for the last thirty years, while the residents of dharavi and other slums in mumbai were doing just that, resting in peace, the governments of mumbai, maharashtra and india were engaged in furious, energetic efforts to ensure that no one eats, shits, sits, plays, dances, paces, makes love, sleeps, reads, works, cooks, farts, breathes, lives in over 34,000 acres of land in mumbai. not in peace, at least. now, suddenly the government has decided to give up its vigil- that powerful, progressive legislation designed to protect the poor from landlords always eager to hoard land in their tijoris and smuggle it abroad or even to the afterlife, the ulcra, has been scrapped:
After deferring this major reform measure from one Assembly session to another, the Maharashtra government today finally scrapped a law that controls urban land holdings, potentially freeing up large tracts in Mumbai for housing and construction and sending shares of property firms sharply higher.the report says the chief minister admitted that 'the Act has failed to serve the purpose'. it's quite obvious to every discerning citizen in mumbai by now that the 'Act has failed', but what was the original purpose of the act anyway?
Amidst slogan-shouting by Shiv Sena members, the resolution to repeal the Urban Land (Ceiling and Regulation) Act of 1976, moved by Chief Minister Vilasrao Deshmukh, was passed by a voice vote in the state Assembly.
truth isn't reality
the 34,000 acres weren't manufactured over the last thirty years- they were there in 1976 when the act was promulgated. and one of the purposes served by the act was to keep them vacant so that land elsewhere in mumbai became costlier and costlier- definitely out of the reach of the poor, out of the reach of those living in slums such as dharavi. and also out of the reach of most of the working classes. and those from the middle and the upper classes who could still afford to pay for it, paid several times more than they would have if those 34,000 and many more acres that had simply disappeared were available for sale.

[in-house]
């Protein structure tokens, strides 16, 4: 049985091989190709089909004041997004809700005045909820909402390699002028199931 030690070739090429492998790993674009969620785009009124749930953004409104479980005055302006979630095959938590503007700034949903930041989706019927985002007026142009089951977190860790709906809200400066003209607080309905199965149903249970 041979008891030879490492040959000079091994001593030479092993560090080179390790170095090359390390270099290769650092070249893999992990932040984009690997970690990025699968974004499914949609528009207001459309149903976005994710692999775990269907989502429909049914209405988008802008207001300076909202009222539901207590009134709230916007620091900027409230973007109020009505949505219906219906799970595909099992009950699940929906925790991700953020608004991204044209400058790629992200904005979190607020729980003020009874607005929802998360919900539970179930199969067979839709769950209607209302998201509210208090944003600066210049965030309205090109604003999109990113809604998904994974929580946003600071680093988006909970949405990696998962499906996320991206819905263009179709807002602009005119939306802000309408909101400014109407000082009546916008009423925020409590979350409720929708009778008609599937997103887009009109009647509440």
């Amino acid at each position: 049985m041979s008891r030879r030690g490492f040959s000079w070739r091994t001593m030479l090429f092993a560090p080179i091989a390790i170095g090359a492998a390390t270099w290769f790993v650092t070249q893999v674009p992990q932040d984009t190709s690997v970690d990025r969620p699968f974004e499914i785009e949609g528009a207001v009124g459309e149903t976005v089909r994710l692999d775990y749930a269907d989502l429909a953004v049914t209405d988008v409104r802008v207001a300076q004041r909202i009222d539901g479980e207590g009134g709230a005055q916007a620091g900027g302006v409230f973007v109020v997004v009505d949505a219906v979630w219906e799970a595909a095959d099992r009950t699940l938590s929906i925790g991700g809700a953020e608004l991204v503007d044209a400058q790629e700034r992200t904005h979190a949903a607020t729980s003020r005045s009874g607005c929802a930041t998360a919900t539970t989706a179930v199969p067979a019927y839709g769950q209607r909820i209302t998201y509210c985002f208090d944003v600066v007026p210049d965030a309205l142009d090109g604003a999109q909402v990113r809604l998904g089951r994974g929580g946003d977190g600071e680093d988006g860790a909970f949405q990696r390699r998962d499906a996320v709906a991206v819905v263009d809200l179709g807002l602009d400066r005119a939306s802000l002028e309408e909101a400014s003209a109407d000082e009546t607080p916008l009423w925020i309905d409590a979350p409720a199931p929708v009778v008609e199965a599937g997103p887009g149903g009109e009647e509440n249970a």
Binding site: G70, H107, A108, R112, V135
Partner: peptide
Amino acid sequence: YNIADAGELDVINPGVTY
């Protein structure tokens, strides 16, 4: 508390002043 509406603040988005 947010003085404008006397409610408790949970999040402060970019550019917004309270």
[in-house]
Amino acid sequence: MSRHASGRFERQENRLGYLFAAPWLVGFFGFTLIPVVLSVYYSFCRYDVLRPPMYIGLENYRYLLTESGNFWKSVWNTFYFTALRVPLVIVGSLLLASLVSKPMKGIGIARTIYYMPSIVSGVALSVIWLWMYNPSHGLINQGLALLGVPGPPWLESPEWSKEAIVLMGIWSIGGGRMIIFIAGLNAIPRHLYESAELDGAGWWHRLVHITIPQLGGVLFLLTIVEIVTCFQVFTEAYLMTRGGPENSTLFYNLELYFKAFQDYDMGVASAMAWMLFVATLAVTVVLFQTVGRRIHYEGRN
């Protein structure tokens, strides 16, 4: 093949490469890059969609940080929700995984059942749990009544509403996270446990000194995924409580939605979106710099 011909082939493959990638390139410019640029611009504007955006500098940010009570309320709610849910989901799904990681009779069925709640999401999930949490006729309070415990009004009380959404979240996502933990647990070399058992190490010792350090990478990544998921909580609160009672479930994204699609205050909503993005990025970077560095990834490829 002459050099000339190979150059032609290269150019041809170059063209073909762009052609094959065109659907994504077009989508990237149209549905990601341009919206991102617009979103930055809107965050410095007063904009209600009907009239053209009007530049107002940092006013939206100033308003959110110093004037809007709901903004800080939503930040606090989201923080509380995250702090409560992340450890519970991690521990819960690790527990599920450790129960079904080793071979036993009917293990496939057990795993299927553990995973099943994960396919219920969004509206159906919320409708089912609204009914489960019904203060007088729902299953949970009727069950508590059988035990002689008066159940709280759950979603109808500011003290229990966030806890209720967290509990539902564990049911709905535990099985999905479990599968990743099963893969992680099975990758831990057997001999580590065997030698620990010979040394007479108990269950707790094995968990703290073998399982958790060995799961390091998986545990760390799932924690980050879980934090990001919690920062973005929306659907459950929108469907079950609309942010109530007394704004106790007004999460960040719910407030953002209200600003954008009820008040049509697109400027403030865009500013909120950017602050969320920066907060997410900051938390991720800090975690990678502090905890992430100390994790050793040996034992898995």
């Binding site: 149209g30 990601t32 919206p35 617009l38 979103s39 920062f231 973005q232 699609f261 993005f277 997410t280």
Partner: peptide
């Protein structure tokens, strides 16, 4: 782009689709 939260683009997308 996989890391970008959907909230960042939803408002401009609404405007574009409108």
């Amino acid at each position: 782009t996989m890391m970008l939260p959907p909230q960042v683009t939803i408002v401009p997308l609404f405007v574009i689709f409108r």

many say dharavi isn't as large as 600 acres: it's only 175 hectares, or 430 acres. which means each resident has to squeeze himself tighter than i assumed ealier- his total access to space has declined by around a third in the space of a few lines of text. that's what legislation of the kind the urban land ceiling act represents- grand, arbitrary, idealistic, myopic, progressive, repressive, noble, inane, call it what you will, depending on your ideological tilt, your favourite bollywood heroine and your lucky number- ultimately ends up doing. distorting truth and reality, dividing them, rendering both meaningless. banishing them to the murky world of rumour, speculation, gossip, fantasy (read this, this and this to get as many estimates of the area, population, population density, slums, slumdwelling population in mumbai as three different citizens of mumbai can think up).
mumbai, as the wikipedia says, occupies 603 sq.kilometres (i've read elsewhere that it is spread over only 430 sq.kms or so- as i said, you're free to choose your reality here). which converts into around 1,49,000 acres. and the population of mumbai, again according to the wikipedia, was 13.3 million in 2006. which means the residents of dharavi, who constitute around 7.5% of mumbai's population, live on around 0.29% of the total land area in mumbai!
and it's not just dharavi, according to various estimates over half of mumbai lives in slums. one estimate says about 40% of the city's population lives in 3.5% of its area. in 1976, around the time the ulcra was brought in, bombay's population was about 5.9 million. the slumdwellers numbered 2.8 million. and common sense tells you, the available 'excess' or vacant land was probably much more than 34,000 acres. enough to accomodate all of the 2.8 million slumdwellers (in 1976) in some decent housing. and also enough to accommodate all of the 3-4 million additional influx of people into the slums since then. with more than enough land to spare for parks, roads, offices etc., and for future parks, roads etc. why didn't that happen?
the road to hell
the road to hell is paved with good intentions and is also dotted with grand obsessions, egoisms and vanities. instead of disappearing, slums in mumbai multiplied since 1976. what did disappear was one-third the land mass of the city- land that you could touch, feel and see everyday but... in the new reality, it didn't exist. it didn't exist for the slumdwellers whose number more than doubled, from 2.8 million in 1976 to around 6-7 million now. it didn't exist for the lakhs of migrants who still kept coming to mumbai and dharavi grew denser. and it didn't exist for all the homeseekers who paid at least 30% more, for the available land, than they'd have if the ulcra hadn't been promulgated. and the lawyers, builders, fixers, goons, politicians, babus, policemen, gangsters grew richer protecting, invading and trading in land that belonged to anyone, and also the land that suddenly belonged to no one, that had suddenly fallen off the map of the world.
how did this state sponsored deprivation work on the collective psyche of mumbai? and how did it affect india?